A burial inscription, often in verse. Philip Reder's Epitaphs (London: Michael Joseph, 1969) collected authentic examples, largely from British gravestones. Here are two:

            Here lies Robert Wallis,
            Clerk of All Hallows,
            King of good fellows,
            And maker of bellows.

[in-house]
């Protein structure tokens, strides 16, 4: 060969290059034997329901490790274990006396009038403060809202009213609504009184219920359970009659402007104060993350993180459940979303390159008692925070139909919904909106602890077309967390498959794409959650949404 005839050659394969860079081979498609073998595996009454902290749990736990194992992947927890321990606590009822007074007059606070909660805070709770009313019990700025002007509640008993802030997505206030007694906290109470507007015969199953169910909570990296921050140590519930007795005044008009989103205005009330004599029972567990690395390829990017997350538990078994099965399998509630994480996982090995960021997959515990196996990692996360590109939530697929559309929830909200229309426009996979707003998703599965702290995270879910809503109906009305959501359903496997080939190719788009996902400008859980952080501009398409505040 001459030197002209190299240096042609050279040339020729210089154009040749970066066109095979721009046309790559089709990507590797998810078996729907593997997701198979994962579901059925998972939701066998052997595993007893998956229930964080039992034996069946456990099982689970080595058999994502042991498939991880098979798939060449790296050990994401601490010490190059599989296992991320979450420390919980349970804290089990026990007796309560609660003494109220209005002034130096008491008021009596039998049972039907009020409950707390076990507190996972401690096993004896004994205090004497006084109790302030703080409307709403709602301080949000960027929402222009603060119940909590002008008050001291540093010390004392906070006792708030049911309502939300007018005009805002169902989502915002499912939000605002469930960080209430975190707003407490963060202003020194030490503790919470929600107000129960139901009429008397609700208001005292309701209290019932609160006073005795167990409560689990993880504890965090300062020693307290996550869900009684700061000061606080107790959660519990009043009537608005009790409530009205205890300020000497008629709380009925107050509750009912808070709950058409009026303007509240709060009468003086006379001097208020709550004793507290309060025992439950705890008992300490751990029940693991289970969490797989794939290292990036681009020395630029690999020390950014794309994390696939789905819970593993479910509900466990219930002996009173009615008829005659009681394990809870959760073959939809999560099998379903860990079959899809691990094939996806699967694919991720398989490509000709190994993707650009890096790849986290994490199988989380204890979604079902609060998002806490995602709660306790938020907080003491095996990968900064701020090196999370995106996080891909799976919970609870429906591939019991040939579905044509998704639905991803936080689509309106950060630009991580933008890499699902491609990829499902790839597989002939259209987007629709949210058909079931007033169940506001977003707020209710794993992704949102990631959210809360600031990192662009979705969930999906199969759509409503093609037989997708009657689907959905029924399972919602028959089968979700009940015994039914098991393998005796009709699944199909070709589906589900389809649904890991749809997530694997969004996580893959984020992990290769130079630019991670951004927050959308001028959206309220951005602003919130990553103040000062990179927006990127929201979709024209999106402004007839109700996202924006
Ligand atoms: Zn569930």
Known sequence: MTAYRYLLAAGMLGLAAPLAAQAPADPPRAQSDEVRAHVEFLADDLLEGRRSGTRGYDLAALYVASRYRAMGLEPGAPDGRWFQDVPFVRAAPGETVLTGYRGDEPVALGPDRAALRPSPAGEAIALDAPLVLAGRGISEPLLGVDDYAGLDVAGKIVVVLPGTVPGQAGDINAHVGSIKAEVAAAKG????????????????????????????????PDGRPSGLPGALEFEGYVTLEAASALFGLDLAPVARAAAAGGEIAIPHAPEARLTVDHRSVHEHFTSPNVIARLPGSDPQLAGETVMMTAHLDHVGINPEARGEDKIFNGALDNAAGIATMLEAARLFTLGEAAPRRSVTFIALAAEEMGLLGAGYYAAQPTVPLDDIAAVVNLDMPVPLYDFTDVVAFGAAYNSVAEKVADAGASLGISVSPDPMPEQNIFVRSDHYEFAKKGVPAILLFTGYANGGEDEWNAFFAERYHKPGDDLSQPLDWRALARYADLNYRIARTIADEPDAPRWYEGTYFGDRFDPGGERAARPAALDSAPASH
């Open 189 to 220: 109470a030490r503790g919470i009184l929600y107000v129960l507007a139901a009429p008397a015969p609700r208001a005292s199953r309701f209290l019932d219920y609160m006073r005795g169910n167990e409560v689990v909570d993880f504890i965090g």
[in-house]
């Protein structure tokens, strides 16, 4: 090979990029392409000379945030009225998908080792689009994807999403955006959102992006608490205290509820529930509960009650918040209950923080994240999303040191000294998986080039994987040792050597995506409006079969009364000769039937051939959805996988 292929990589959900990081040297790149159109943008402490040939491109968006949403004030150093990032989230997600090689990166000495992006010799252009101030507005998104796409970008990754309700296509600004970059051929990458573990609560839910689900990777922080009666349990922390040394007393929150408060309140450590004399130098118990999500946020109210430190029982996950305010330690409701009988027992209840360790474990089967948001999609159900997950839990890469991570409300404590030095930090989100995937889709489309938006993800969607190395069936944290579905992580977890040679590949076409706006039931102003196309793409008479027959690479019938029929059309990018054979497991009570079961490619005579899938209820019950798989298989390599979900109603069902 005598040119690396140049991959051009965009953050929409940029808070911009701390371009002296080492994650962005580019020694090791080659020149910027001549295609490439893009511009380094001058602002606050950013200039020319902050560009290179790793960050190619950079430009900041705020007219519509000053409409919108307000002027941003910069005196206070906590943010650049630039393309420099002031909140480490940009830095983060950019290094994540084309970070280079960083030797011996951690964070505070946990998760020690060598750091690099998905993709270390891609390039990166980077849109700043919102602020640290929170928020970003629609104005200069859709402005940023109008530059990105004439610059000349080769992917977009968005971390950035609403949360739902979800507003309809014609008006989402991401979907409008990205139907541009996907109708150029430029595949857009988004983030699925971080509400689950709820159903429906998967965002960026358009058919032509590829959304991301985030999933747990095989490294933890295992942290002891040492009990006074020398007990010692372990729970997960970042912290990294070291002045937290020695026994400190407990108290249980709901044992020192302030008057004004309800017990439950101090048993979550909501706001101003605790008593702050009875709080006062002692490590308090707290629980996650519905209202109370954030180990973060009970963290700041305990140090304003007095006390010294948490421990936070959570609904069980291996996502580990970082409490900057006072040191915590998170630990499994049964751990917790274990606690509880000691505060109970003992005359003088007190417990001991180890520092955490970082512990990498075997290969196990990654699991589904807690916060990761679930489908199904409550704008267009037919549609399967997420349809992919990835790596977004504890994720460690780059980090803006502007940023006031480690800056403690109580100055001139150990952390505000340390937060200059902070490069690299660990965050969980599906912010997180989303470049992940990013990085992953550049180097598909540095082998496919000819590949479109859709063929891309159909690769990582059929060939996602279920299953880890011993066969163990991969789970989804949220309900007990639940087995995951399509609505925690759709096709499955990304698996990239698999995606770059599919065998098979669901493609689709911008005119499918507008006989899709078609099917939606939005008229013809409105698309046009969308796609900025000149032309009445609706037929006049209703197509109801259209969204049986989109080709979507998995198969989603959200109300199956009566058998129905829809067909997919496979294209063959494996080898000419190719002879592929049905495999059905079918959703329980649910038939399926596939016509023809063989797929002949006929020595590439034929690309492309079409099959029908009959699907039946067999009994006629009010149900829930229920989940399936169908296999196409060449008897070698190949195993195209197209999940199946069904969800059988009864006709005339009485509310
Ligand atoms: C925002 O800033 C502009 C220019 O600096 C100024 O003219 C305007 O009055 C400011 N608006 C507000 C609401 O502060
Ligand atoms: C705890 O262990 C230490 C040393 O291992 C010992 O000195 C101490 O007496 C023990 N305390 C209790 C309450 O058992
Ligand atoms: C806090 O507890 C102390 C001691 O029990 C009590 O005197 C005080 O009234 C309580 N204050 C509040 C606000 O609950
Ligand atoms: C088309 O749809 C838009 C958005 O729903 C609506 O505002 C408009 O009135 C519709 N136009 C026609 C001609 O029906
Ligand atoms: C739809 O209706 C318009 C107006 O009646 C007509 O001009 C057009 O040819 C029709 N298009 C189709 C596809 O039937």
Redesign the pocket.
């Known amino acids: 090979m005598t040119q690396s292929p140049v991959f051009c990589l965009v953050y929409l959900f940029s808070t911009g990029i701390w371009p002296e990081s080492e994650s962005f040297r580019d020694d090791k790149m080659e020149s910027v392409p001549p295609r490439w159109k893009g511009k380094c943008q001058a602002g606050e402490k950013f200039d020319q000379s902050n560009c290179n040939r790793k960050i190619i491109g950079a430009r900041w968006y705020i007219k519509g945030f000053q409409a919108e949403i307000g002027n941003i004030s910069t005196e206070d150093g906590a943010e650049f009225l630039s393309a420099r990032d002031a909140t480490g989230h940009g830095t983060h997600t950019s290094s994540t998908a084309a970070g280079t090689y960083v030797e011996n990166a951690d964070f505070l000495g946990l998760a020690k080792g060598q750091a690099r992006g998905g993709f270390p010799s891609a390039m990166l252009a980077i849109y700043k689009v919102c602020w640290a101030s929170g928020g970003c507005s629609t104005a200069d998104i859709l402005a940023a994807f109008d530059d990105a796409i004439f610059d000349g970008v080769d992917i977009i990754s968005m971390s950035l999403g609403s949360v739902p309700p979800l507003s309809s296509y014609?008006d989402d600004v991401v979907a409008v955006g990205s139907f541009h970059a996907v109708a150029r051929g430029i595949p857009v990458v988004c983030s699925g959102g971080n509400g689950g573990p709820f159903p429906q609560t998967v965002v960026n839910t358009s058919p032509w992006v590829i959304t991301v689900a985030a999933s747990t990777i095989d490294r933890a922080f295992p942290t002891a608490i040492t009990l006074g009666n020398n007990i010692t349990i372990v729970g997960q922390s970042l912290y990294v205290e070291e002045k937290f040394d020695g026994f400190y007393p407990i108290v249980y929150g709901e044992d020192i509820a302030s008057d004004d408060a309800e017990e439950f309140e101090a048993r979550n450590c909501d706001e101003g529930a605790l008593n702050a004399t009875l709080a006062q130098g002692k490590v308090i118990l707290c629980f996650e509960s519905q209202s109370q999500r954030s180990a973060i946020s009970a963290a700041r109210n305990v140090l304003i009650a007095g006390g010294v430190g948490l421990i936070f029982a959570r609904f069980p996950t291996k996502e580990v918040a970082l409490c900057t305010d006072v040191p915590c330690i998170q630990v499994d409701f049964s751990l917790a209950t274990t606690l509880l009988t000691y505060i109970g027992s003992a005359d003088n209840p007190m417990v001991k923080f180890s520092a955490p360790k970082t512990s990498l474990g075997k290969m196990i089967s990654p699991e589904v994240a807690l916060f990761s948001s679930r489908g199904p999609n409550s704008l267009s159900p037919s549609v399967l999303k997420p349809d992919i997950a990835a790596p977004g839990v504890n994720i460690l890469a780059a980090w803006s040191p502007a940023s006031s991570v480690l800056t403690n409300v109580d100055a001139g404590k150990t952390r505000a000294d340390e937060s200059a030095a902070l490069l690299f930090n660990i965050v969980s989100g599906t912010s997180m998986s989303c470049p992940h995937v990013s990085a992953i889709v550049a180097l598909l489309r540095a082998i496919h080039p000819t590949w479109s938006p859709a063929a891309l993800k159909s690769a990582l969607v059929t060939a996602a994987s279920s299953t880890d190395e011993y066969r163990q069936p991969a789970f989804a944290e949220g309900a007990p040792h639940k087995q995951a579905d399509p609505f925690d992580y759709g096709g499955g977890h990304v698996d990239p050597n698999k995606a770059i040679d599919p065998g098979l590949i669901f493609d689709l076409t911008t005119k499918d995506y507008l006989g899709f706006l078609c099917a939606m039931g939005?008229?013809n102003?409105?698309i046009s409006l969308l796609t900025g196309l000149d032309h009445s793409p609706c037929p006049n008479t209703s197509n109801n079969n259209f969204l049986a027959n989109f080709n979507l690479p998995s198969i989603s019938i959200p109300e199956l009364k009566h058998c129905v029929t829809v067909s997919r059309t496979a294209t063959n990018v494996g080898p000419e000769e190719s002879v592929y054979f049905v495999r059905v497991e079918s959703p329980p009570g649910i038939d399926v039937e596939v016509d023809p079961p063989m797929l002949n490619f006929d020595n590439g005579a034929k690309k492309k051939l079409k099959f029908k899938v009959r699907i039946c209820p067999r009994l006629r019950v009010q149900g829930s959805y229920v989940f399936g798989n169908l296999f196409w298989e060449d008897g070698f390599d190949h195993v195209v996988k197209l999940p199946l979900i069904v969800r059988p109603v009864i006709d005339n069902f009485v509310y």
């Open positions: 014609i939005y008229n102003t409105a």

He bellows did make till the day of his death,
  But he that made bellows could never make breath. (p. 53; Newcastle-upon-Tyne)

I poorly lived, and poorly died,
And when I was buried, nobody cried. (p. 89; Lillington)

Dorothy Parker's "Epitaph for a Darling Lady" makes light of the form.